Jul 8, 2008

"Green" Advertising?

Is not very often that you hear or read about "clean advertising".

For one reason or the other advertising is more often associate to dirty things -dirty tactics, dirty messages, dirty streets, you name it- than related to clean things. But a new trend may change that a little bit.

Some are calling the technique "green advertising", some others call it "enviromentally friendly" and it is also being called "reverse graffiti".

The idea, as good ideas are most or the time (I will never cease to repeat this!) is very, very simple: the ads are imprinted in street walls, roads, pavements or any other dirty surface by... cleaning it.

Two companies in Europe are already offering the service and companies like Puma, Smart and ING have been already advertising this way.

Puma Ad Graffiti

One of the companies is based in Netherlands, the other one in the UK. They both offer their services in all Europe and one explains that because their system uses water pressure to clean and therefore create the ad, this type of graffiti is not illegal.

My favorite ad with this system, is this one for the Smart car:

Smart Green Ad

The text reads: "A bit cleaner for the city. The new Smart"

Elle Magazine also got some ads with the same system:

Elle Graffiti Ad

They are pretty long lasting if no one decides to clean the whole wall, and as GreenGraffiti states, "the more GreenGraffiti™ the better"... because they are cleaning the streets not making them more dirty!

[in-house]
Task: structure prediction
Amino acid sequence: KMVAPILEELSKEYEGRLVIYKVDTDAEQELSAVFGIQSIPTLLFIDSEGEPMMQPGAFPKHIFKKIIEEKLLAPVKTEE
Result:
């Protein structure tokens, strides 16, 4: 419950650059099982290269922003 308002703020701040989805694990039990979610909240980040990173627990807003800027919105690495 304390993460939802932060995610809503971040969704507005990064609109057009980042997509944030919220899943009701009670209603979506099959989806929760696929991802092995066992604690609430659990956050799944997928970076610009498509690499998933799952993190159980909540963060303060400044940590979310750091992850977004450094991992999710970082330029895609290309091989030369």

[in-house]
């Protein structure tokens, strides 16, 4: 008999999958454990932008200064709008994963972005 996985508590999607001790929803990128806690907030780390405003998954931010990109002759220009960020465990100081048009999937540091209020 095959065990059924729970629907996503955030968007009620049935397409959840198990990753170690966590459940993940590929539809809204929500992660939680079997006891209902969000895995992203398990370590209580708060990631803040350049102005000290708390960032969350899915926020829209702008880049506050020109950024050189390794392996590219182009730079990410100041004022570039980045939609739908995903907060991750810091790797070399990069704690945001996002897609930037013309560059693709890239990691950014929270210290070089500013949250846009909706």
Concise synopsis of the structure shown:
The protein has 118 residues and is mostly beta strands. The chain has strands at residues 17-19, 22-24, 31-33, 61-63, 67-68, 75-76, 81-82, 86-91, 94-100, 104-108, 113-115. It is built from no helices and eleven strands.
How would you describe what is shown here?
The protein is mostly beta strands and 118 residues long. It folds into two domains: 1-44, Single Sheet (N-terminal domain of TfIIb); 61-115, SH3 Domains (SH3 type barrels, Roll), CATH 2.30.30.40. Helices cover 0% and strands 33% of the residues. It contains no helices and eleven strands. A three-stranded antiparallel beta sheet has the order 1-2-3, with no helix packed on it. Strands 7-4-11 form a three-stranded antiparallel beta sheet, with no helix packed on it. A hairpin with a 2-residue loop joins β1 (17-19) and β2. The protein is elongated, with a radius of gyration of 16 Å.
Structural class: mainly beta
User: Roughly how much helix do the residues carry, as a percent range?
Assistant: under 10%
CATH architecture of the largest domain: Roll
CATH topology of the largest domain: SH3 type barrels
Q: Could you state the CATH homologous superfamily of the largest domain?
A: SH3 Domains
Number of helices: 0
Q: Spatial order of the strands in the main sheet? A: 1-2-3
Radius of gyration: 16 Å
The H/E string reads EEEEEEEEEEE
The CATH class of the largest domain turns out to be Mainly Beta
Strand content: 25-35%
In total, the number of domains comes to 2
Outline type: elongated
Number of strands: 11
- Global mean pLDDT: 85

PS: Make sure you read the comments below, where Jim Bowes -Managing Director and Partner of GreenGraffiti- and Kristian Jeffrey from Street Advertising, left comments letting us know more about their vision and mission... (thanks to both!)



Anna said...

brilliant idea! but it might be cleaning the streets but using lots of water to do it with? maybe not so green after all...

Anonymous said...

Very cool and beautiful !

Unknown said...

wow, very creative!

Anonymous said...

Great trend. Beats direct mail.

San said...

Eat Prints you are right that needs a lot of water... but is water that should be used anyway if they wanted to clean the wall or the road... and at least the ad does not generate more trash...I guess nothing is perfect! :)

Unknown said...

It uses water pressure, not water amount. Lots of pressure is cause by water trying to be forced out of a tiny opening. It would take lots more water to print an ad of the same size considering how much it takes to make paper.

Anonymous said...

GreenGraffiti is busy working with a Dutch company that will allow us to compensate for the water we use. The idea is that for each litre of water we use, we will provide one litre of clean drinking water to a community where clean drinking water is not readily available.

We have looked into using gray water but have been advised that this could present a health hazard. We would be interested to hear any ideas as to how we could be even more responsible with our water usage.

Feed back, criticism, words of encouragement are more then welcome. We are an open and transparent company that looks to provide a solution and any information or ideas that would improve the process would be greatly appreciated.

Jim Bowes

Anonymous said...

what about reclaimed water? i think its a cool idea, and it surely uses less water than other options (or cleaning the whole street/wall

StreetAdvertisingServices said...

Thanks for the article Ugly Doggy! We use recycled rainwater. Very simply we collect the rainwater, filter it and then apply adverts with it. We also offset our carbon footprint by planting trees in the UK. We are as environmentally friendly as is possible in advertising,
Kristian Jeffrey
Street advertising services

AL said...